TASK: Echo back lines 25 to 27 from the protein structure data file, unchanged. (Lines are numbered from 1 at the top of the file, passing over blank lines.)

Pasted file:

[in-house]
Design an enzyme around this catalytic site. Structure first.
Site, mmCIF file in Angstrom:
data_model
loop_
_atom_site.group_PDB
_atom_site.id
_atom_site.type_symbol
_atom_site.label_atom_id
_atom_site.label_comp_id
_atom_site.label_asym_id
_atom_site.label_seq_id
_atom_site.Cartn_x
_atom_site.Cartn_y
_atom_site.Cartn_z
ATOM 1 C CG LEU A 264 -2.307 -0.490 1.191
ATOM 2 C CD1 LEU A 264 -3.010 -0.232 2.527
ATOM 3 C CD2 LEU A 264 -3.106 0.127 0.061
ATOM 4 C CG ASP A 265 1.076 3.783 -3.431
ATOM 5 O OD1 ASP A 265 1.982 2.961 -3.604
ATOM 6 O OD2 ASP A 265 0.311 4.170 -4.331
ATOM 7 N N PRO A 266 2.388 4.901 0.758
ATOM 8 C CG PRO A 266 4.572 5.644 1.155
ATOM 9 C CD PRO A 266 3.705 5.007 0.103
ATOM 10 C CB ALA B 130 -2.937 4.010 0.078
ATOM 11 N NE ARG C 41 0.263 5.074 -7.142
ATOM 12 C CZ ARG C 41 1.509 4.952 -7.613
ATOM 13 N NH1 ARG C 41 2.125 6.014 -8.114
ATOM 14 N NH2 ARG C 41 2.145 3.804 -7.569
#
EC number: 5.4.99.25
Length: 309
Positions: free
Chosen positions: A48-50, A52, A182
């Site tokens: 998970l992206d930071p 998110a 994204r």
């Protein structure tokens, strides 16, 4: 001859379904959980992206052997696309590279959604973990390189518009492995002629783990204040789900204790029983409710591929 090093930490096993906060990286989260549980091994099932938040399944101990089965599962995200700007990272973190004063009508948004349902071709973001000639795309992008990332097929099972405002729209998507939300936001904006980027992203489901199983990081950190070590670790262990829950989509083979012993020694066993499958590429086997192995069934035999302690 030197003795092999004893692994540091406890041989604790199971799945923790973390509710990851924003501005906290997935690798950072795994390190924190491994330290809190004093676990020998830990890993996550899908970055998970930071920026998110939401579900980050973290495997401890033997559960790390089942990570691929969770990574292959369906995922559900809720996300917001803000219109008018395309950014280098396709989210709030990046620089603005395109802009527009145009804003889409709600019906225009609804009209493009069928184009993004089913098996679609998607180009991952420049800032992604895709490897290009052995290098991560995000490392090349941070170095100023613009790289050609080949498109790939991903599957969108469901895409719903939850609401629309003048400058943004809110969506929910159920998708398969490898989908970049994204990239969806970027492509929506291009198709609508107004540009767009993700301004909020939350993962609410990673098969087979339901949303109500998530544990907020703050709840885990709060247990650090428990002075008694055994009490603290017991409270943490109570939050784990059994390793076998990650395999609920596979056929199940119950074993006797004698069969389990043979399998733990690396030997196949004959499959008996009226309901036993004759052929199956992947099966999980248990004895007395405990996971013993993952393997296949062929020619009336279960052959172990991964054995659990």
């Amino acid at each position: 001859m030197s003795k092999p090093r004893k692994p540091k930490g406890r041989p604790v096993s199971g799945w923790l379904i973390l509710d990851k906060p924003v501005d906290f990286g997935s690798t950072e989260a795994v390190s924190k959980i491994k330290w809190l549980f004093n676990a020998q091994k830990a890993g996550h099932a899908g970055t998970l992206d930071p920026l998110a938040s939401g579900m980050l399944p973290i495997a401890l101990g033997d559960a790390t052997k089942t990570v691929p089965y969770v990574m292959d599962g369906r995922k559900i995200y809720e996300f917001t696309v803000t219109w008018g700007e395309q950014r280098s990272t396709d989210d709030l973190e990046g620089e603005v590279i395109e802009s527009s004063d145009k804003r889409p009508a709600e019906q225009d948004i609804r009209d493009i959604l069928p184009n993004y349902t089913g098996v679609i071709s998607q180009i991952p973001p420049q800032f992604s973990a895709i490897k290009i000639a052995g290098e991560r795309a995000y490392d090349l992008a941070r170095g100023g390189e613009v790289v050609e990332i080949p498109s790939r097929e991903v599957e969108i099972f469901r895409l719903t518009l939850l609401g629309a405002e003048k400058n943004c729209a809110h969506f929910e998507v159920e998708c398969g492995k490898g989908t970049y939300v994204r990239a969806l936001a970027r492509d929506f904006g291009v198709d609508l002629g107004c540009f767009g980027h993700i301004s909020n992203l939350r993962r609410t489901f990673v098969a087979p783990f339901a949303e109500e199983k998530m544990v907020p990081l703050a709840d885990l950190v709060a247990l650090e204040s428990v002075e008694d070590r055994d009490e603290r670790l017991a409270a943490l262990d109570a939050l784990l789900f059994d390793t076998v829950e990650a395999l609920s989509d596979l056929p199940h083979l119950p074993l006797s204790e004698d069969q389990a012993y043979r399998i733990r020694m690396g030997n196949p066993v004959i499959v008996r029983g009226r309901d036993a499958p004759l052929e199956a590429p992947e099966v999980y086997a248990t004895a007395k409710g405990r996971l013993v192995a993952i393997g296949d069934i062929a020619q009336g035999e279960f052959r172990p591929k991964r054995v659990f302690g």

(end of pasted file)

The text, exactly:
ATOM 10 C CB ALA B 130 -2.937 4.010 0.078
ATOM 11 N NE ARG C 41 0.263 5.074 -7.142
ATOM 12 C CZ ARG C 41 1.509 4.952 -7.613